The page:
Last year I began to learn the difference between “kid clean” and “adult clean” – routed predominately in the lack of crumbs in the latter. This semester I’m learning an entirely new type of clean: “Italian mom clean.” I try to leave time every morning before school to clean my room so that (theoretically), Donatella won’t have to. But clean for me means all the covers are on the bed, all of the trash is in the trash can and – I added this last one after the first week of living with Donatella – everything is off the floor. Sometimes this means I pile my textbooks on my desk, or my bed, or the little footstool that might be intended as a chair for my desk though it’s about six sizes too small.
For those of you who’ve been unfortunate enough to see a room that I’m living in you know that in addition to not typically doing any of these three things, I also like to leave my clothes (clean and dirty) on the floor along with everything else of vague importance. However, this is not Italian mom clean. Most days I come home from school to find that my bed has been made, my papers stacked on one corner of my desk, my hair brush has been moved somewhere that I need a treasure map to find, and my gum has been arranged in color order against my wall.
I don’t really mind the lack of privacy. Actually, it’d be great if Donatella could Italian mom clean the saltine crumbs out of my bed. It’s a little strange and a little uncomfortable – mostly because we never talk about it so I can’t tell if Donatella is ultra-cleaning my room because that’s just something that she does or if she has any irritation about feeling like she has to do it. I’m hoping it’s the former because if she’s expecting me to color coordinate my own packages of gum on my way to school every morning I can say right now that she’ll be disappointed.
In most cases, Donatella is extremely relaxed. I learned in Italian that, although adults will greet you with “ciao” both when you enter and leave a shop, you’re supposed to answer with “Buongiorno” or “Buonasera” depending on the time of day and leave with “arrivederci” (the formal version of ciao in both senses). At home, Owen and I both tried to adapt our language to the more respectful version of greeting and did it about two times before Donatella scolded us for being too formal. I think the real reason I’m not bothered by the lack of privacy is that it’s offset by a clear recognition of mine and Owen’s independence. Donatella doesn’t care where we’re going or when we get back. Both she and Enzo really care about us having a good time. Last night at dinner, when Donatella was out dancing, it was just me, Owen and Enzo at dinner (meaning it was mostly, and peacefully, silent) Enzo finished the meal by reiterating how much he and Donatella really wanted us to enjoy ourselves here and it was clear how much he meant it.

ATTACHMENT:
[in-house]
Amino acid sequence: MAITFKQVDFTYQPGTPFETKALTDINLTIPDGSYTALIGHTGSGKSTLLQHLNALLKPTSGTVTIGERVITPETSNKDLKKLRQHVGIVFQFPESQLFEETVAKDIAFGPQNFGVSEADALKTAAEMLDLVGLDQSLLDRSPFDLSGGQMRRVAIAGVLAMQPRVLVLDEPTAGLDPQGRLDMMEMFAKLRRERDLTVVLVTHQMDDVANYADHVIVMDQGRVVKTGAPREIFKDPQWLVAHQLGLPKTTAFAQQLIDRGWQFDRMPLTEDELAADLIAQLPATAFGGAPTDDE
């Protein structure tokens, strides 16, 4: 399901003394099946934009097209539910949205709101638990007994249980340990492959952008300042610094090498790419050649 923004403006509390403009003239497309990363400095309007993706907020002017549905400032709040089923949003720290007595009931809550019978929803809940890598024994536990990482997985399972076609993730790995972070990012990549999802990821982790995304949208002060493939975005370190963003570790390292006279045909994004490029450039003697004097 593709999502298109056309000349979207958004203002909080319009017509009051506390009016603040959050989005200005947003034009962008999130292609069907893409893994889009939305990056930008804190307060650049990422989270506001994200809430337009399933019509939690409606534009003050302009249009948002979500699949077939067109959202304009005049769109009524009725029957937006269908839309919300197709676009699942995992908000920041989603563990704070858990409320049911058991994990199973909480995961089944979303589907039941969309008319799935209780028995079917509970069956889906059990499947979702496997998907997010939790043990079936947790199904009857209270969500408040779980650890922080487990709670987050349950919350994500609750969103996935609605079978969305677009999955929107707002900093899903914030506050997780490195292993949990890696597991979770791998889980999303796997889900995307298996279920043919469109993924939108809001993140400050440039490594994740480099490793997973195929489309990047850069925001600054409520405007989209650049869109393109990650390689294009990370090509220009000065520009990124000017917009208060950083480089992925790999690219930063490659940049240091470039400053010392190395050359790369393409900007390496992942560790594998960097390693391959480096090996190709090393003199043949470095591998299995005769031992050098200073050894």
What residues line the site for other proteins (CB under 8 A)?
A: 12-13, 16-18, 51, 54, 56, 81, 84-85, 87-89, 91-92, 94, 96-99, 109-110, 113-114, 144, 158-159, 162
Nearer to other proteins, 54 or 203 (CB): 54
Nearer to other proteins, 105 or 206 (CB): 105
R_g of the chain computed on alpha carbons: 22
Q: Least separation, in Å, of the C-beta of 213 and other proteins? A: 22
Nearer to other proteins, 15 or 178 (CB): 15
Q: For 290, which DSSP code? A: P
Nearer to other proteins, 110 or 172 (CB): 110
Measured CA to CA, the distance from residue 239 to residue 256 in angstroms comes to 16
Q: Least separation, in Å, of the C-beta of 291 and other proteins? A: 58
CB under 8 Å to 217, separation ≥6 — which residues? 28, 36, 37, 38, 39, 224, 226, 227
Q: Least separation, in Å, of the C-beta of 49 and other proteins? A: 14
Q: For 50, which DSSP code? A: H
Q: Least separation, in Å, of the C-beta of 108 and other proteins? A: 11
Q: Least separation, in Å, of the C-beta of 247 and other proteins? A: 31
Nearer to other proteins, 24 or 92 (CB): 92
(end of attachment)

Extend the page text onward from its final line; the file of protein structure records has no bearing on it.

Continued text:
As a side note, Donatella has started leaving her clothes on my desk stool with mine and I can’t tell what secret message I’m supposed to take away from the gesture. I complimented one of her sweaters a couple days ago because I thought it was silly and today it was on my pile of clothes.
Other things in the Grande household are clearer. The rules about Enzo’s wine are perhaps the most clear. The best thing about these rules are that they’re completely unspoken. At the dinner table there will either be one or two bottles of wine. If there is one bottle, Enzo keeps it in front of his plate. Neither Owen or I are permitted to touch it until Enzo has finished his third glass and then, without a word on either side, he’ll stand up and move it to the center of the table. Then we can serve ourselves. After a bottle of wine has been used for one meal, Enzo will bring it out and put it in the middle of the table, opening a fresh bottle for himself, which he’ll drink for the majority of the meal before permitting us (and mostly Owen, because I still don’t love the taste of wine) to try some.
The rules of ordering food outside of the house are also still forming. Today our Italian teacher took the whole class to buy gelatto so that she could show us how to pick a real gelatto store. What she taught us was that if there are huge mounds of ice cream or if there are unnatural colors, light blue being the most predominant, even offered in the store, then you should leave because it’s only for tourists. As we were leaving she asked, “Who wants to practice their Italian with the cashier?” Everybody averted their eyes. “Becca!”
I had to memorize the sentence “pago quindici gellati da due euro” which I repeated to myself the whole way there. Essentially I said, “I would like to purchase 15 gelattos at 2 euros a piece”. I felt better halfway through the walk when Antonella (our Italian prof) turned to Owen and impromptu ordered him to ask two Italian women for directions to the ice cream store.
We’re also trying to figure out the best places for lunch in the city. My favorite place so far is a sandwich store called “amici di ponte vecchio”. There are a lot of things that Florence does really well. Bread is not one of them. The “amici” is the only store I’ve found so far where the bread added to the sandwich.
At another sandwich store the guy behind the counter asked “parlo italiana?”
To which I responded, “poco.” And didn’t realize until Owen started grinning that I’d said “A few” instead of “a little” (which would’ve been ‘po’). Though, in retrospect saying that I speak a few Italian probably got the message across better than if I’d answered correctly.